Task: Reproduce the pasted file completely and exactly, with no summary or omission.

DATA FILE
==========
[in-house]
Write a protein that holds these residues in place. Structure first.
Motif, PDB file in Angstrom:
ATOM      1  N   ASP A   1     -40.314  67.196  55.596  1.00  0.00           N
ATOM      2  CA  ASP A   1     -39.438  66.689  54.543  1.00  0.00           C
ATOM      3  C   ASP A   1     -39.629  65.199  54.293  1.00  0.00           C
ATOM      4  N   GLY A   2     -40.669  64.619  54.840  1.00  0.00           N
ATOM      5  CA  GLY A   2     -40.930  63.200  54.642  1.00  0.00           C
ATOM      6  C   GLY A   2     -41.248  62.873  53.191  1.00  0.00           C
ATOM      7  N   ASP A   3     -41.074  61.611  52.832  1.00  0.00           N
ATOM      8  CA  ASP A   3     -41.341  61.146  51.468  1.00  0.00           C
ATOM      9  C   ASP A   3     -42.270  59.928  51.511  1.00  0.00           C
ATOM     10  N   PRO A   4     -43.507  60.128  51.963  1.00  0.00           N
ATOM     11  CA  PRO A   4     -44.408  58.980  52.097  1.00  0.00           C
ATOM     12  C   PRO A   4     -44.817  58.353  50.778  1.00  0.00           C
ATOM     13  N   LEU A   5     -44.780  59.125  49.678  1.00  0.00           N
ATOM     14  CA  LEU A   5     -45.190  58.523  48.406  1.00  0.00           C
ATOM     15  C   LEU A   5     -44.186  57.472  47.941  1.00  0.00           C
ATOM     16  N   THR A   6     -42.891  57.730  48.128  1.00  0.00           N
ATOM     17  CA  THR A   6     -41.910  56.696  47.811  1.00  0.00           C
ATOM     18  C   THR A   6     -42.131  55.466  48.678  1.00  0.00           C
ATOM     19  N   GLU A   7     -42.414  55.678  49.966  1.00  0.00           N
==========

[in-house]
Write a protein that holds these residues in place. Structure first.
Motif, PDB file in Angstrom:
ATOM      1  N   ASP A   1     -40.314  67.196  55.596  1.00  0.00           N
ATOM      2  CA  ASP A   1     -39.438  66.689  54.543  1.00  0.00           C
ATOM      3  C   ASP A   1     -39.629  65.199  54.293  1.00  0.00           C
ATOM      4  N   GLY A   2     -40.669  64.619  54.840  1.00  0.00           N
ATOM      5  CA  GLY A   2     -40.930  63.200  54.642  1.00  0.00           C
ATOM      6  C   GLY A   2     -41.248  62.873  53.191  1.00  0.00           C
ATOM      7  N   ASP A   3     -41.074  61.611  52.832  1.00  0.00           N
ATOM      8  CA  ASP A   3     -41.341  61.146  51.468  1.00  0.00           C
ATOM      9  C   ASP A   3     -42.270  59.928  51.511  1.00  0.00           C
ATOM     10  N   PRO A   4     -43.507  60.128  51.963  1.00  0.00           N
ATOM     11  CA  PRO A   4     -44.408  58.980  52.097  1.00  0.00           C
ATOM     12  C   PRO A   4     -44.817  58.353  50.778  1.00  0.00           C
ATOM     13  N   LEU A   5     -44.780  59.125  49.678  1.00  0.00           N
ATOM     14  CA  LEU A   5     -45.190  58.523  48.406  1.00  0.00           C
ATOM     15  C   LEU A   5     -44.186  57.472  47.941  1.00  0.00           C
ATOM     16  N   THR A   6     -42.891  57.730  48.128  1.00  0.00           N
ATOM     17  CA  THR A   6     -41.910  56.696  47.811  1.00  0.00           C
ATOM     18  C   THR A   6     -42.131  55.466  48.678  1.00  0.00           C
ATOM     19  N   GLU A   7     -42.414  55.678  49.966  1.00  0.00           N